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How to improve your life with gamified design prototyping – Part 1

Image by Free-Photos from Pixabay 

author: @aestranger

Reading time: 8 minutes

4 points on how to improve your life with gamification

A few years ago I had written a piece on how to gamify your life to discover your strengths, with the Hero’s Journey as a type of template. And recently working through some business gamification solutions, I wondered if I could update that post by using gamified design thinking and prototyping sprint methodologies.

But with that statement, I do want to make one thing clear from the start before we get going in what has become a two-part series. These articles aren’t here to blatantly and outright state that the only way to improve your life is through gamification, or design thinking, or agile thinking or what else is out there purporting to the one solution to save us all. As I work with gamification techniques, theory and games on a daily basis, and I do believe that for certain people this type of method could help them. But at the end of the day, it is entirely up to you to decide whether it can actually help you. I am simply here to inform you and offer a perspective.

The aim then of these two pieces is to outline the ideas, theories, practices and methods of thinking of gamified prototyping that support’s the willingness to want to change something about your life. Be that a want for more daily exercising, the want to change careers, learning a new skill or something else.

And for those who do not wish to go through the entirety of the two blog posts, here is a summary of the overall idea: At its core, these written pieces are about exploring a method for breaking down large objectives and concepts into smaller manageable pieces. And then developing those smaller pieces into actionable points, building a ‘prototype’ for you to execute and use and then iterate upon. This is so that anything that doesn’t work can be discarded quickly so that you can move on to a more effective method. As such the piece is broken into two articles or parts:

  • Elements needed to achieve change
  • Design process to achieve change

Let’s first explore the elements needed in order to develop an idea and strategy for the prototyping process discussed in the next blog post.

But I need motivation & will-power to do this…

Will-power and motivation can be seen as perspectives that you have at a point in time. To achieve or receive either can be done by changing a mindset of how you view a challenge ahead of you. There is a great article in the Harvard Business Review that discusses the points that you need to focus on when, as they sat it; “you’re just not feeling it,” when it comes to motivating yourself.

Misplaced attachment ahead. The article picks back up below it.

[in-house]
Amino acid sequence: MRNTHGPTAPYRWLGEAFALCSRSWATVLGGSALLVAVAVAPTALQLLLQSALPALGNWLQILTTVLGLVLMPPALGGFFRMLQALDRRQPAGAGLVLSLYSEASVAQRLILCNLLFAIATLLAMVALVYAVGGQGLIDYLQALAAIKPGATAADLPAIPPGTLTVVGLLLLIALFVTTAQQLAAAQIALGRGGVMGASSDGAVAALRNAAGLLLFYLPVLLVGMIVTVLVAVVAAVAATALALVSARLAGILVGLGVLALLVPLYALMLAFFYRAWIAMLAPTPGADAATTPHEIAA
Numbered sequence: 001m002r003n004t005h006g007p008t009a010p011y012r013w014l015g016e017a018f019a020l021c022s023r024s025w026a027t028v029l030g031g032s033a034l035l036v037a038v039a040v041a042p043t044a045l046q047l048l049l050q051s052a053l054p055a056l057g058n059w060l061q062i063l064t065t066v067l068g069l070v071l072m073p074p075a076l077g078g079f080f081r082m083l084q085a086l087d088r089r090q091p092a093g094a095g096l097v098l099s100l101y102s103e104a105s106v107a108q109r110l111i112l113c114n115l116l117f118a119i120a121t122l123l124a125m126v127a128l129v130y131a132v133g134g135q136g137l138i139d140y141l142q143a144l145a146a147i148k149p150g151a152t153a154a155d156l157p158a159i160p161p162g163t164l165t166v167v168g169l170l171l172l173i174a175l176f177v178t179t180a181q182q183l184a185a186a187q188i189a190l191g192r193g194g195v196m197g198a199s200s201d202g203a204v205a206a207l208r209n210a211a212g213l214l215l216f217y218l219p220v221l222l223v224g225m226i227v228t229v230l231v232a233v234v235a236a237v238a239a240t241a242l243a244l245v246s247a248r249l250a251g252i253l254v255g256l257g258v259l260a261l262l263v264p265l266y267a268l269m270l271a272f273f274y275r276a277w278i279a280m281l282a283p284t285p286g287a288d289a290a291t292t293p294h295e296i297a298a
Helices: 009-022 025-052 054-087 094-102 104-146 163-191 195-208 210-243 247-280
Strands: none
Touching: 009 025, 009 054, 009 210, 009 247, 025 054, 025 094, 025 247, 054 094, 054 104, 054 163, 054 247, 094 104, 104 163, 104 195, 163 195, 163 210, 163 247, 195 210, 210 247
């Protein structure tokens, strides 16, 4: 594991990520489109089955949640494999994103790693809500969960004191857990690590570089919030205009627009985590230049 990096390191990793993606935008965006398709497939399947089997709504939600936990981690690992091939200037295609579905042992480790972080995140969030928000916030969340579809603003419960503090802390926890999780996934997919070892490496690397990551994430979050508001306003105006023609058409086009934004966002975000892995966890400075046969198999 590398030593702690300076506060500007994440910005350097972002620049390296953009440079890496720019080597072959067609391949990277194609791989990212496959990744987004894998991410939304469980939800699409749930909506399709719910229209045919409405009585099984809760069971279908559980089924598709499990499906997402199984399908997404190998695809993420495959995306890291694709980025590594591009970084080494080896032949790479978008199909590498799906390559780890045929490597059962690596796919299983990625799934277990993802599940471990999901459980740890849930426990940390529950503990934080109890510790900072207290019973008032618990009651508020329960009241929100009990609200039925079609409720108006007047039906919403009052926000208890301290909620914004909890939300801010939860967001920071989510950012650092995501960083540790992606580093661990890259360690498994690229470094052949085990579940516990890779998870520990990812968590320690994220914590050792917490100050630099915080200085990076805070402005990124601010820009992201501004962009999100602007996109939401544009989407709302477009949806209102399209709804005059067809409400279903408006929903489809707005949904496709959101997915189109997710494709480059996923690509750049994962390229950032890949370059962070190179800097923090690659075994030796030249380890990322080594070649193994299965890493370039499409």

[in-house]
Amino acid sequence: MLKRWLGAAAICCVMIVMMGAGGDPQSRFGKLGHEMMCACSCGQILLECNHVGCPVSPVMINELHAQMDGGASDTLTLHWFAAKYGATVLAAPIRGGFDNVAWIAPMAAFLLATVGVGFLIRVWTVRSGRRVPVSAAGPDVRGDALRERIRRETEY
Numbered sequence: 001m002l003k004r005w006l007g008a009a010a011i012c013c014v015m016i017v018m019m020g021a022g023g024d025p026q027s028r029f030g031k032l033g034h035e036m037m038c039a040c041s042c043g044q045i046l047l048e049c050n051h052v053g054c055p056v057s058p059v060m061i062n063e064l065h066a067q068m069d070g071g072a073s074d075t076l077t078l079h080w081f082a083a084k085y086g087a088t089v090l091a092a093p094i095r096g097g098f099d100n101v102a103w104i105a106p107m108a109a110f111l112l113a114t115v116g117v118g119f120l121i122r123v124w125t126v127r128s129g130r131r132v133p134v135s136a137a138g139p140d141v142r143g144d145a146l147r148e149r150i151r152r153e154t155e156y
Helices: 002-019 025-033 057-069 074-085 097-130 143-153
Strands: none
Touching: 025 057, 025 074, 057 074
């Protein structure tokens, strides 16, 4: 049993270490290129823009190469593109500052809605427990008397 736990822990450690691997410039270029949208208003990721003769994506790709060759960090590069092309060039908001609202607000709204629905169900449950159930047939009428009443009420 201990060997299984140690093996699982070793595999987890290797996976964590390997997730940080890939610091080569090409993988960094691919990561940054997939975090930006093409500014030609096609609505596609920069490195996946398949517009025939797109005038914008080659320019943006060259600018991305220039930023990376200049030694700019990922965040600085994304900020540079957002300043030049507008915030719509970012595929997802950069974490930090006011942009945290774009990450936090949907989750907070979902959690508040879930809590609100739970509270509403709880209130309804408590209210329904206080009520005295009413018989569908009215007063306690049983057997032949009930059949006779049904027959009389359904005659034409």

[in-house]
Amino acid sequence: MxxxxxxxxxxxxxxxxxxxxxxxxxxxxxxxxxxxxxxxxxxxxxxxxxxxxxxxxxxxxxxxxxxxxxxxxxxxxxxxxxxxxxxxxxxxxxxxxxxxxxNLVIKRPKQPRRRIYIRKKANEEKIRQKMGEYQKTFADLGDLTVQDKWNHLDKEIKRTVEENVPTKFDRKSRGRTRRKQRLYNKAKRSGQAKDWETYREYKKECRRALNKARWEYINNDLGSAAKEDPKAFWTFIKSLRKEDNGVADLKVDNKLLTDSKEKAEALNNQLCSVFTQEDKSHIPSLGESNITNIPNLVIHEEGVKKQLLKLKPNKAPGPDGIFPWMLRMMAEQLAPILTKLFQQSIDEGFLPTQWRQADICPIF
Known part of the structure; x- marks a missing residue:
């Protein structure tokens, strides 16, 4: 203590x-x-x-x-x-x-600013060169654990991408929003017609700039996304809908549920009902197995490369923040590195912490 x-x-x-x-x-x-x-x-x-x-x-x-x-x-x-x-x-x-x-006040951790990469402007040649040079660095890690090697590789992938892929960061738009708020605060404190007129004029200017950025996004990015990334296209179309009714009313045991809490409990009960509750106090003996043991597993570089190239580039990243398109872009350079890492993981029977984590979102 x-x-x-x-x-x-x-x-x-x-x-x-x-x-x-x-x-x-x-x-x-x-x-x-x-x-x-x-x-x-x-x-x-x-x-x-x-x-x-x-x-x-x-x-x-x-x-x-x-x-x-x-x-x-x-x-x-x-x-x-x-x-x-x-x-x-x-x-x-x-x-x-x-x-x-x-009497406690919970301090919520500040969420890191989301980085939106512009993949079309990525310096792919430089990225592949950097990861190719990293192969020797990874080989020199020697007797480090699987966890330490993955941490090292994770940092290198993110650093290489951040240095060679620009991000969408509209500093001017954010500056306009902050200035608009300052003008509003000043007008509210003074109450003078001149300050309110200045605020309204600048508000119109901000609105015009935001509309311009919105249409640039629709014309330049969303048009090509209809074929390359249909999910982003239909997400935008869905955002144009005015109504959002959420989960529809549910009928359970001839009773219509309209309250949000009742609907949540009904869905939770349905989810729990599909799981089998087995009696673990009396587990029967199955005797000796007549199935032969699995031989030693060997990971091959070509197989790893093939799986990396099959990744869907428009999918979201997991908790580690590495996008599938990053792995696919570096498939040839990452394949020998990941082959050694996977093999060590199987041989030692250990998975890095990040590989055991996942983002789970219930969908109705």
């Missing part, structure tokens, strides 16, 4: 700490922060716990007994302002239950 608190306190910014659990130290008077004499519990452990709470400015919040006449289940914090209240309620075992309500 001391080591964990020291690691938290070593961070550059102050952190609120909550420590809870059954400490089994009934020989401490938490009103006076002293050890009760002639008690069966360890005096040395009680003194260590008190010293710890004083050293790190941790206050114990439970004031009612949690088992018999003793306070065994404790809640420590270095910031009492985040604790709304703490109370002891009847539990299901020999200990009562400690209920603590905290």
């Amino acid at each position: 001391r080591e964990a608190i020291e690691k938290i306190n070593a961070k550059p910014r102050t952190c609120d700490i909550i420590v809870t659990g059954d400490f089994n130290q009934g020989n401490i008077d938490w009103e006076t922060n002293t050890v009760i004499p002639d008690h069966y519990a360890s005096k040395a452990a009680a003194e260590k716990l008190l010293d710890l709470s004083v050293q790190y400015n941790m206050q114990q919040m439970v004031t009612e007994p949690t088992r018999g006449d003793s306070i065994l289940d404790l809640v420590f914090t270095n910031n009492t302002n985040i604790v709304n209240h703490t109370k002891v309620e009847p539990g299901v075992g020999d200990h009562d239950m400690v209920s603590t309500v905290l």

I am going to borrow the outline and at times paraphrase the various points that they make in the article, as I believe that they are good starting points for exploring a foundational strategy around developing an understanding around motivation. I feel that we need to establish these before we get going into the methodologies around prototyping and design sprint thinking for improving your life. And to also establish some terminology that’s more commonly associated with gamification.


1. Goals

The first thing you will need to do is define clear and realistic goals for yourself. When determining and setting your goals, you will need to be as specific as possible. When you choose and set well-defined and detailed goals for yourself, you will start to activate the intrinsic motivational lever of Mastery (Griffin, D., van der Meer, A. (2019) Press Start, pg. 97). What this means is that when you achieve one of your goals, you will feel a sense of accomplishment and empowerment from success. The sensation will likely be a euphoric one.

If your goals appear to be too large, vague, complicated or over-encompassing, then break them down into their constituent parts to make them more manageable. One method of breaking down a goal is through First Principles Thinking, made popular again most recently by Elon Musk.

Once you’ve broken down your goals into smaller parts, consider how you can achieve each part and what about each part you find enjoyable to do. Have the parts that you enjoy or are good at, branch off further into areas such as being able to show off your skills, or being able to work together with a favourite colleague, friend or your partner. Knowing these aspects will help you later during the prototyping exercise.

And to move your mind more into a gamified state, write your goals down as game objectives or quest objectives. Consider what the win state could look like if you achieved your goal. At this point, it need only be a vague idea of the win state. And if you are literary inclined, you could create some flavour text for your game objectives.


2. Rewards

Rewards are some of the hardest aspects to define when you are considering gamifying anything. It can be difficult to define what reward is appropriate when an objective has been achieved, as you will need to consider intrinsic versus extrinsic rewards. An intrinsic reward will usually be something along the lines of the knowledge and feeling of elation of having successfully completed a task. And what that completion means for you personally. An extrinsic reward is an external, sometimes tangible, reward, and it may work to motivate you, depending on what you find valuable.

If you do choose an extrinsic reward method, make sure that what you choose has a positive effect upon you or whoever it is being rewarded too. This is essential, as the wrong kind of reward may cause you to rush and make mistakes in order to achieve the reward. If that happens, then anything you’ve done to that point will be undermined, and the end result will be your motivation being lowered even further.